Northland's local government leaders are being called on to pledge part of their remuneration to a special Covid-19 emergency relief fund.

"Councillors are in the enviable position of their jobs being protected," Bay of Islands' Jane Johnston, president of the Paihia and Kerikeri ratepayers' associations and an FNDC/NRC ratepayer, said.

"Pledging would reflect what's going on in our communities."

Her call comes after Northland's Mayoral Forum said last week the region's 42 councillors would not be able to take a 20 per cent "pay cut" - following in Prime Minister Jacinda Ardern's footsteps who committed to doing so for six months to show leadership - as it wasn't possible under legislation.


Mayoral Forum chair Dr Jason Smith said councillors were instead making donations to worthy causes of their choice, on a voluntary basis and at levels as they saw fit, as they had already been doing for some time.

But Johnston said the councillor donations towards adapting to what would be a new normal, should not be made on an optional basis.

All councillors should make the 20 per cent pledge, she said. This should be for at least six months if not longer.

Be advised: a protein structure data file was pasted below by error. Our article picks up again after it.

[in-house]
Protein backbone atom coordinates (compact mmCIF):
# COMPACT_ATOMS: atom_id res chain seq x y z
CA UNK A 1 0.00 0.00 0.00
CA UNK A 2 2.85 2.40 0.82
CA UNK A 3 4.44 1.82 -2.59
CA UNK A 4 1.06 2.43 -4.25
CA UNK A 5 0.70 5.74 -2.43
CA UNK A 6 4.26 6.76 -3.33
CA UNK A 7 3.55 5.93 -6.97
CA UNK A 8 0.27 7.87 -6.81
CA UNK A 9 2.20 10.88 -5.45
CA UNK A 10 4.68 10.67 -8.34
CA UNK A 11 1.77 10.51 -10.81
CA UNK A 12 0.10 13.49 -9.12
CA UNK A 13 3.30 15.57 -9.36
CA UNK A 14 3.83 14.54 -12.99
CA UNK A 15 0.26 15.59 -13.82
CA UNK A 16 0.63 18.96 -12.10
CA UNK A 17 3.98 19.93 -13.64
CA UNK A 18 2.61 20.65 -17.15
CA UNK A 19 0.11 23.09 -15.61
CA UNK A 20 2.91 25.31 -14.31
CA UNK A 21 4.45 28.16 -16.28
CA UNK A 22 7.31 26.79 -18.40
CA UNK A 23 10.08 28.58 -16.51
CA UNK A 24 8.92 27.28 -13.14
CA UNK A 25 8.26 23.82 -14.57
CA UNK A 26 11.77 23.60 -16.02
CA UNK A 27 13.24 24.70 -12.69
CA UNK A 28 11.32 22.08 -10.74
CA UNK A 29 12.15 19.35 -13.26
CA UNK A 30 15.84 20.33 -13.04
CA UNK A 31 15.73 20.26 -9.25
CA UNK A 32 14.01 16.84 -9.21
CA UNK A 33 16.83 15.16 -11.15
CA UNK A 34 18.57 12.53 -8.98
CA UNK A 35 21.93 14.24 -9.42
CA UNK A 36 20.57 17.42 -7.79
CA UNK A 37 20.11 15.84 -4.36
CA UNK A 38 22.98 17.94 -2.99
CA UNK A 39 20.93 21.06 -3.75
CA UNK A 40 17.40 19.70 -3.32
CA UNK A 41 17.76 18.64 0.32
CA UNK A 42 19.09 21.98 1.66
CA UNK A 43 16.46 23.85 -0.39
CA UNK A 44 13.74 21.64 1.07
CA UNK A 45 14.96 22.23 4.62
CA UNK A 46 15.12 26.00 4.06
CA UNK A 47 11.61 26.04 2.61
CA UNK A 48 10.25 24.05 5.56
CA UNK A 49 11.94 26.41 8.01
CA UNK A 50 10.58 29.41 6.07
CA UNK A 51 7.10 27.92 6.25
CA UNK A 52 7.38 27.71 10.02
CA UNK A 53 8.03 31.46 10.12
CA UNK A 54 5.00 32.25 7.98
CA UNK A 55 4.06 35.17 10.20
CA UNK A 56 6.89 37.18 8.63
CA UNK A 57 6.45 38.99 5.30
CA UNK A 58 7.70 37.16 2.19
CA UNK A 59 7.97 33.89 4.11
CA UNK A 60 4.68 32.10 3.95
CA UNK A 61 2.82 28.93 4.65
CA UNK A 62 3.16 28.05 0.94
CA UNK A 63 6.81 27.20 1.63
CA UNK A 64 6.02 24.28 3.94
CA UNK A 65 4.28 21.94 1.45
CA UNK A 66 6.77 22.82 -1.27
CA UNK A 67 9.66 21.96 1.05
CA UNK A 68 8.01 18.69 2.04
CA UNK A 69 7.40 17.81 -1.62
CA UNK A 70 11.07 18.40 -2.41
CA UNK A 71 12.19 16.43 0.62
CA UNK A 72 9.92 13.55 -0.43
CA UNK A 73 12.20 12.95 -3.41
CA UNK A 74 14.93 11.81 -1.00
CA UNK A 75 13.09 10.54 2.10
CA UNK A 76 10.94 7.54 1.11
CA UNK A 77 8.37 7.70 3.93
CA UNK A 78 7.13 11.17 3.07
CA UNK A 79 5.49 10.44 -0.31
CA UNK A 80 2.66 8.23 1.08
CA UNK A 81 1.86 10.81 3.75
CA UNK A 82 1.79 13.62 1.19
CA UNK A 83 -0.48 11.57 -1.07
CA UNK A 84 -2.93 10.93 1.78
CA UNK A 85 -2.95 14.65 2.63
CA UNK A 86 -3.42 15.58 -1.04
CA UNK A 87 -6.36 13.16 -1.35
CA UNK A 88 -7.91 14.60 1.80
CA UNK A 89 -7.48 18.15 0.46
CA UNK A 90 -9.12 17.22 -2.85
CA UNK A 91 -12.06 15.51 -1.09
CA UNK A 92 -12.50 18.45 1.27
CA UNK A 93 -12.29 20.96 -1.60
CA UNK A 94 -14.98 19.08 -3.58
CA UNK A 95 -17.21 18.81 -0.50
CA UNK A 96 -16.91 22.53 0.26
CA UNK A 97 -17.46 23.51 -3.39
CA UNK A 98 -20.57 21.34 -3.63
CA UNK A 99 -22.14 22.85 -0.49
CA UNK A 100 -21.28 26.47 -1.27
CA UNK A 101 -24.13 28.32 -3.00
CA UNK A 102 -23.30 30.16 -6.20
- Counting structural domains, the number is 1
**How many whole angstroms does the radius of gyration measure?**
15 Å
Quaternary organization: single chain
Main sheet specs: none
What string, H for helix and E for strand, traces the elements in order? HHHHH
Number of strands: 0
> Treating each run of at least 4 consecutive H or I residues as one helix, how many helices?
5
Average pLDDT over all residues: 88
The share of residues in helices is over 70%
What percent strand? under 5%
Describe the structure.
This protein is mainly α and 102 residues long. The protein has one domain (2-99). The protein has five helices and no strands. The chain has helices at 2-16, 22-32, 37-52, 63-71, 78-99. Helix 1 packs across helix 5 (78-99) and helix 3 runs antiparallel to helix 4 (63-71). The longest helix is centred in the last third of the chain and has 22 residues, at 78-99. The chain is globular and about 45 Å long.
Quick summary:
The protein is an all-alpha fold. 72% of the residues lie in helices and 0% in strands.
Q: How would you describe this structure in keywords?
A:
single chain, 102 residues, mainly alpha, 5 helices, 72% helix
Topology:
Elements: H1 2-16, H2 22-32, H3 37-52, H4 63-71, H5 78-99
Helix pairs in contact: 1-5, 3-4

"Our councillors represent our community, that's the pledge in their public office," Johnston said.

The remuneration pledges would fund a regional relief fund. Groups helping those shifting out of Covid-19 could apply to the relief fund for support.

Deborah Glasgow, Whangaruru South Residents and Ratepayers Association chairwoman from Oakura, said such a pledge would mean councillors showing leadership in their communities.

Richard Gunson, Mangawhai ratepayer, business operator and local business association chairman, also said the pledge was a worthwhile option for Northlanders, many of whom were facing significant financial impacts as a result of Covid-19.

Tony Nixon, Teal Bay Ratepayers and Residents Association treasurer, said councillors pledging 20 per cent of their remuneration would be a positive move. He did not however believe it should be compulsory.


But the Northlanders' calls have brought a strong response from Fran Wilde, New Zealand's Remuneration Authority chairwoman. The Government authority is responsible for setting New Zealand's hundreds of local government elected representatives' remuneration.

The former cabinet minister, Wellington Mayor and Greater Wellington Regional Council chairwoman said Northlanders should hang fire on calling for councillor remuneration to be cut.

"Stop hounding your local councillors about this when it's out of their hands," Wilde said.

Remuneration for Northland's 42 elected local government politicians could not go down.

This would require a law change.

It would not be possible for any law change to progress until Parliament opened again after New Zealand shifted out of Covid-19 alert level 4 lockdown from Tuesday.


"Give (elected representatives) a breathing space while the Government decides," Wilde said.

The Northern Advocate understands a range of options around local government remuneration will be considered.

WDC mayor Sheryl Mai said the Northland Mayoral Forum had made its position on the remuneration matter clear to the region's ratepayers.